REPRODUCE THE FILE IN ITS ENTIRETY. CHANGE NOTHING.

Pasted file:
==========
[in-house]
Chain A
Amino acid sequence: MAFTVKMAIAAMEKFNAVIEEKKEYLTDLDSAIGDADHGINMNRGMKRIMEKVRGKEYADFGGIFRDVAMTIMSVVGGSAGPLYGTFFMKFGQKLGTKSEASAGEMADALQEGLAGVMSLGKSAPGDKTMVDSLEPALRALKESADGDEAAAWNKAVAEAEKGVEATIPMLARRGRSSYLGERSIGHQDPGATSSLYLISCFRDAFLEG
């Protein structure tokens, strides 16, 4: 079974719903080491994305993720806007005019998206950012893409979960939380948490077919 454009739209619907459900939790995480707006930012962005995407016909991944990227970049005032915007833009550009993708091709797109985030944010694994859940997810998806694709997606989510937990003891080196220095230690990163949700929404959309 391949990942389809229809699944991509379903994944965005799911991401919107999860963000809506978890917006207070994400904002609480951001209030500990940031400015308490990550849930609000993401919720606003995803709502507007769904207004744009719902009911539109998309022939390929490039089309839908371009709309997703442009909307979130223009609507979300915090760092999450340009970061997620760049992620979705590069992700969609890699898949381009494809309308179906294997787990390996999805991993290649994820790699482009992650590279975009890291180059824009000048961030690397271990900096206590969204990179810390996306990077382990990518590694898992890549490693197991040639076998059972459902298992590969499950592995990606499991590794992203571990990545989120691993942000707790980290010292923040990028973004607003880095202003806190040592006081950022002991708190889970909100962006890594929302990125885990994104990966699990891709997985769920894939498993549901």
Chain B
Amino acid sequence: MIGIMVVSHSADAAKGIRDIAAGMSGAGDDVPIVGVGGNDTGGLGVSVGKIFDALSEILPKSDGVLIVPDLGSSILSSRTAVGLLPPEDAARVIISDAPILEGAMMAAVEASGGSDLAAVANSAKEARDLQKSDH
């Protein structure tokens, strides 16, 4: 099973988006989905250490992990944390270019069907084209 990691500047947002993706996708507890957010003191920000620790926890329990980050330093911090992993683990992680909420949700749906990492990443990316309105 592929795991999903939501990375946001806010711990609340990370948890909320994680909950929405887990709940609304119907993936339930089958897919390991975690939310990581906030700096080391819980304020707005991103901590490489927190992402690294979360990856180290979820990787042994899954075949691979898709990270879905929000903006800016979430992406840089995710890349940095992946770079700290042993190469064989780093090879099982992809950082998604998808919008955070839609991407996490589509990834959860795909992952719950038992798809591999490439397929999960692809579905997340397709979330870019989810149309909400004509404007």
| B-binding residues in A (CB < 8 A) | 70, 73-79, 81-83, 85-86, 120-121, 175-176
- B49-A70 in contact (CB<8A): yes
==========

[in-house]
Chain A
Amino acid sequence: MAFTVKMAIAAMEKFNAVIEEKKEYLTDLDSAIGDADHGINMNRGMKRIMEKVRGKEYADFGGIFRDVAMTIMSVVGGSAGPLYGTFFMKFGQKLGTKSEASAGEMADALQEGLAGVMSLGKSAPGDKTMVDSLEPALRALKESADGDEAAAWNKAVAEAEKGVEATIPMLARRGRSSYLGERSIGHQDPGATSSLYLISCFRDAFLEG
């Protein structure tokens, strides 16, 4: 079974719903080491994305993720806007005019998206950012893409979960939380948490077919 454009739209619907459900939790995480707006930012962005995407016909991944990227970049005032915007833009550009993708091709797109985030944010694994859940997810998806694709997606989510937990003891080196220095230690990163949700929404959309 391949990942389809229809699944991509379903994944965005799911991401919107999860963000809506978890917006207070994400904002609480951001209030500990940031400015308490990550849930609000993401919720606003995803709502507007769904207004744009719902009911539109998309022939390929490039089309839908371009709309997703442009909307979130223009609507979300915090760092999450340009970061997620760049992620979705590069992700969609890699898949381009494809309308179906294997787990390996999805991993290649994820790699482009992650590279975009890291180059824009000048961030690397271990900096206590969204990179810390996306990077382990990518590694898992890549490693197991040639076998059972459902298992590969499950592995990606499991590794992203571990990545989120691993942000707790980290010292923040990028973004607003880095202003806190040592006081950022002991708190889970909100962006890594929302990125885990994104990966699990891709997985769920894939498993549901």
Chain B
Amino acid sequence: MIGIMVVSHSADAAKGIRDIAAGMSGAGDDVPIVGVGGNDTGGLGVSVGKIFDALSEILPKSDGVLIVPDLGSSILSSRTAVGLLPPEDAARVIISDAPILEGAMMAAVEASGGSDLAAVANSAKEARDLQKSDH
């Protein structure tokens, strides 16, 4: 099973988006989905250490992990944390270019069907084209 990691500047947002993706996708507890957010003191920000620790926890329990980050330093911090992993683990992680909420949700749906990492990443990316309105 592929795991999903939501990375946001806010711990609340990370948890909320994680909950929405887990709940609304119907993936339930089958897919390991975690939310990581906030700096080391819980304020707005991103901590490489927190992402690294979360990856180290979820990787042994899954075949691979898709990270879905929000903006800016979430992406840089995710890349940095992946770079700290042993190469064989780093090879099982992809950082998604998808919008955070839609991407996490589509990834959860795909992952719950038992798809591999490439397929999960692809579905997340397709979330870019989810149309909400004509404007």
| B-binding residues in A (CB < 8 A) | 70, 73-79, 81-83, 85-86, 120-121, 175-176
- B49-A70 in contact (CB<8A): yes